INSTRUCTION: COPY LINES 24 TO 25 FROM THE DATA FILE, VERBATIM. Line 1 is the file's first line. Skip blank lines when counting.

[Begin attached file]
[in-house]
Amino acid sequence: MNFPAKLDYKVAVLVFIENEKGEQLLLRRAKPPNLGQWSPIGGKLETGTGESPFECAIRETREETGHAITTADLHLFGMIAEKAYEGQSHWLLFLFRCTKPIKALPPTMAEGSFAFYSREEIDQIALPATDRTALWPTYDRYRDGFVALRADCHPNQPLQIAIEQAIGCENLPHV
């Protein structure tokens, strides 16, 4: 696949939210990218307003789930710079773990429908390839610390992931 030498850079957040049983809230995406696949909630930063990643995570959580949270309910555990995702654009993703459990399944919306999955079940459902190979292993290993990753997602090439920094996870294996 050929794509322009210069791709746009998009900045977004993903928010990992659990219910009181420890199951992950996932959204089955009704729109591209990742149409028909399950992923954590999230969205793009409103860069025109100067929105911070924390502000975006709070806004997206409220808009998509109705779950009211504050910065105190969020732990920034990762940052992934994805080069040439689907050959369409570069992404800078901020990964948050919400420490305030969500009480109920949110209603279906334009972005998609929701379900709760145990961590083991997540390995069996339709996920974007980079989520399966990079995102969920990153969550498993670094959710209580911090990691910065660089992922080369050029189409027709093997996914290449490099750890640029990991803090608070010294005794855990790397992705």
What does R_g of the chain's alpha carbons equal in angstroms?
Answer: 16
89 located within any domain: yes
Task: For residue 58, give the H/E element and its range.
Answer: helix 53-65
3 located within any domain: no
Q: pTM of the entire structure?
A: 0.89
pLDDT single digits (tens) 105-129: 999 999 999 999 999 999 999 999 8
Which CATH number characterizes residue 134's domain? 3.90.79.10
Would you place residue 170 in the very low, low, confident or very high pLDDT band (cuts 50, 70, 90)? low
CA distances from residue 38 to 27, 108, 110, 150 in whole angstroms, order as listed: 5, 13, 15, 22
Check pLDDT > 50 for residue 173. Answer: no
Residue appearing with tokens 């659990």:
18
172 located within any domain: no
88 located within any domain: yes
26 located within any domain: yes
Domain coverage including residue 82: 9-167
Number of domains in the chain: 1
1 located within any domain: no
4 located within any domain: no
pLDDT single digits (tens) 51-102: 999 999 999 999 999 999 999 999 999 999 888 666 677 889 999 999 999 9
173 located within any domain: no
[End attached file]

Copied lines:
1 located within any domain: no
4 located within any domain: no